After Tom Daschle met with his former colleagues on the Senate Finance Committee behind closed doors on late Monday, the Obama Administration's nominee for Secretary of Health and Human Services told close associates the session had gone well. Daschle said privately that it looked as though he would weather the controversy that had begun with revelations that he had failed to pay $128,000 in taxes, most of which arose from his use of a car and driver provided to him by a private-equity firm for which he had consulted.
But by Tuesday morning, it became apparent that the storm was only intensifying, and Daschle, recognizing the change in the political winds, withdrew his name from consideration for the Cabinet post. Several editorial pages including the New York Times's had called on him to withdraw. And there was a new allegation, reported by Politico, that Daschle had recommended the very businessman who had supplied him with the car service for two Cabinet posts in the Obama Administration. As one close adviser put it, the case for Daschle had "appreciably deteriorated from 24 hours ago." (See who's who in Obama's White House.)
The decision to withdraw his name was Daschle's alone, the adviser said, adding, "The President was fine, was more than ready to hang tough on this." But Daschle had begun to realize that even though he probably would prevail in the end and win Senate confirmation, it would come at great cost to the Obama Administration.
Between his tax problems and the growing scrutiny of his lucrative ties to the health industry, the former Senate majority leader's nomination had become a repudiation of the very things Obama had promised to change in Washington. And coming on the heels of Treasury Secretary Timothy Geithner's failure to pay nearly $40,000 in taxes, Daschle's nomination was turning into fodder for political opponents and late-night comedians. It didn't help matters that on Tuesday morning, another Obama appointee, Nancy Killefer, withdrew her name from consideration for the position of chief White House performance officer amid reports that she had failed to pay unemployment taxes for household help in the District of Columbia.
Daschle acknowledged as much in his statement announcing his withdrawal. "If 30 years of exposure to the challenges inherent in our system has taught me anything, it has taught me that this work will require a leader who can operate with the full faith of Congress and the American people, and without distraction," he said. "Right now, I am not that leader, and I will not be a distraction."
But Obama is losing a most trusted ally, someone who had been one of the first Democratic establishment figures to support his presidential bid. Obama had tapped many of Daschle's former aides as he built his political organization. Between Daschle's expertise on the medical system and his understanding of the workings of Congress, he had seemed like the perfect choice to guide the health-care reform that Obama promised on the campaign trail. "I accept his decision with sadness and regret," said Obama, who spoke with Daschle by phone on Tuesday and was said to be surprised by the withdrawal, according to White House senior adviser David Axelrod. "Tom Daschle has devoted his life to public service and health-care reform so that every American has access to health care they can afford. I had hoped that he could bring this passion and expertise to bear to finally achieve that goal, which is so essential to the progress of our economy and the well-being of businesses and families across our nation." (Read "The Year in Medicine 2008: From A to Z.")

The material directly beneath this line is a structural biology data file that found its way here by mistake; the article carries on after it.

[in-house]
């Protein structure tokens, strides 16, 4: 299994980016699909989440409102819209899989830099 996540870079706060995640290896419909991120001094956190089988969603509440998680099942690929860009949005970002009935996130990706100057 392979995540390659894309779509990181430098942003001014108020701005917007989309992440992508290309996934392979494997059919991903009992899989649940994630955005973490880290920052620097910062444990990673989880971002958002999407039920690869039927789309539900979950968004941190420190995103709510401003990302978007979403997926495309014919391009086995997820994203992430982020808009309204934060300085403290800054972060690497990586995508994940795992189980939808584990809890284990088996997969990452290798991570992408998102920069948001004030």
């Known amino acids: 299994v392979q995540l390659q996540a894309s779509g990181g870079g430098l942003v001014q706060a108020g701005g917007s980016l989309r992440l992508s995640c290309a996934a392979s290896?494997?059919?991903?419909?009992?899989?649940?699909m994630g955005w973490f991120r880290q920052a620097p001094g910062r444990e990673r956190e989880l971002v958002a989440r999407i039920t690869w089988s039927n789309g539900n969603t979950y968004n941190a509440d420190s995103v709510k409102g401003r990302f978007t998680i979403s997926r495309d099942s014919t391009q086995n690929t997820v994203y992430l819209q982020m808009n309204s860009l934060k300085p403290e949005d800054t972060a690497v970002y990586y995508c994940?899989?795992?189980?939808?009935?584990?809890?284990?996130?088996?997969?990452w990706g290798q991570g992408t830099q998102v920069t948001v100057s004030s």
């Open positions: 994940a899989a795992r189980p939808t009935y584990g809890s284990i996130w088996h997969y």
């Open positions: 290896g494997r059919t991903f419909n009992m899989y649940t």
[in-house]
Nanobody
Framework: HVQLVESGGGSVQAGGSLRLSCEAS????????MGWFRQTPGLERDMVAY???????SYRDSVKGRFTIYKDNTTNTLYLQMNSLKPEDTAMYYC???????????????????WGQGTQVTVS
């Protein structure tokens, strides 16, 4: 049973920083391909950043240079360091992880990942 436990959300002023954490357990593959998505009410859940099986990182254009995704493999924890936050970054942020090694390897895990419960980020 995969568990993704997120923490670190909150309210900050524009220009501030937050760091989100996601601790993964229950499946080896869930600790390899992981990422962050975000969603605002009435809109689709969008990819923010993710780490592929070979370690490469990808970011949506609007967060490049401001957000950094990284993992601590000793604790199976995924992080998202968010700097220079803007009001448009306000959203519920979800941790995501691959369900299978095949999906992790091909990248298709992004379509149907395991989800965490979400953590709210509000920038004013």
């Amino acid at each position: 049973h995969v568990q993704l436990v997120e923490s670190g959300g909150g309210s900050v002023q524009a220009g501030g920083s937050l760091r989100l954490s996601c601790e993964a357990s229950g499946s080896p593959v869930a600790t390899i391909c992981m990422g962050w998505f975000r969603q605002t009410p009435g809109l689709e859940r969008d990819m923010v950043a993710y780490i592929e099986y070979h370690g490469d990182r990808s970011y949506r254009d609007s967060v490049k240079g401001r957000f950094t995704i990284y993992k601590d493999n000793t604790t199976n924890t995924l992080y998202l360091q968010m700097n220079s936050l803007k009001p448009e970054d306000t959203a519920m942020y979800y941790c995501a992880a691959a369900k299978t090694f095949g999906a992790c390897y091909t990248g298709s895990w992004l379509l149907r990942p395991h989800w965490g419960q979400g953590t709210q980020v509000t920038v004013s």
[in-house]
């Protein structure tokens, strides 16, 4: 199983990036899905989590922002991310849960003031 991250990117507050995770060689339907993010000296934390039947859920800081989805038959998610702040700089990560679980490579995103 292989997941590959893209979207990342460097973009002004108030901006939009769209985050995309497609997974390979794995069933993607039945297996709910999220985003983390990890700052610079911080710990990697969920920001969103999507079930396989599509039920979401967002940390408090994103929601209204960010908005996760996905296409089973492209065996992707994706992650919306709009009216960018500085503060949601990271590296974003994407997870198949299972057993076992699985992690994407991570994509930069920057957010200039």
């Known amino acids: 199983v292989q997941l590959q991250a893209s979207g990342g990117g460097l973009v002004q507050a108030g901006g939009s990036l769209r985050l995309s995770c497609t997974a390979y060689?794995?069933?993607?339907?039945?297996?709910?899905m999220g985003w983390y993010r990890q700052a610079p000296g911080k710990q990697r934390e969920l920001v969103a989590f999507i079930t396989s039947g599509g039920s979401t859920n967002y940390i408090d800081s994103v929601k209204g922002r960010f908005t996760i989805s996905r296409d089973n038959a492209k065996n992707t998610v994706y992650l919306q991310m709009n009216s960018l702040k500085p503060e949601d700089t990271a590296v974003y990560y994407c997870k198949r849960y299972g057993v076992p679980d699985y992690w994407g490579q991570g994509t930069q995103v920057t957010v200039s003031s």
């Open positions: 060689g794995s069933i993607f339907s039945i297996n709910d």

While many Senators greeted Daschle's withdrawal as a sad but necessary move in order for the Obama Administration to move forward, some said the controversy didn't warrant the move and that such levels of scrutiny could make it increasingly hard to find qualified individuals to enter public service. "Tom made it very clear he'd made a mistake, and he took responsibility for it," Senator John Kerry said in a prepared statement. "I believe that when the smoke clears and the frenzy has ended, no one will believe that this unwitting mistake should have erased 30 years of selfless public service and remarkable legislative skill and expertise on health care."
It is not clear who Obama will nominate to replace Daschle or whether that person will hold a dual post in the White House as health-care czar, as Daschle had insisted upon. "There's a lot of impetus and momentum behind health reform, and it will continue," Axelrod said. "We'll miss Senator Daschle's leadership, but the issue has great power of its own. People feel it in their own lives, businesses feel it, and it's part of our approach to helping this economy recover."
With reporting by Jay Newton-Small and Michael Scherer / Washington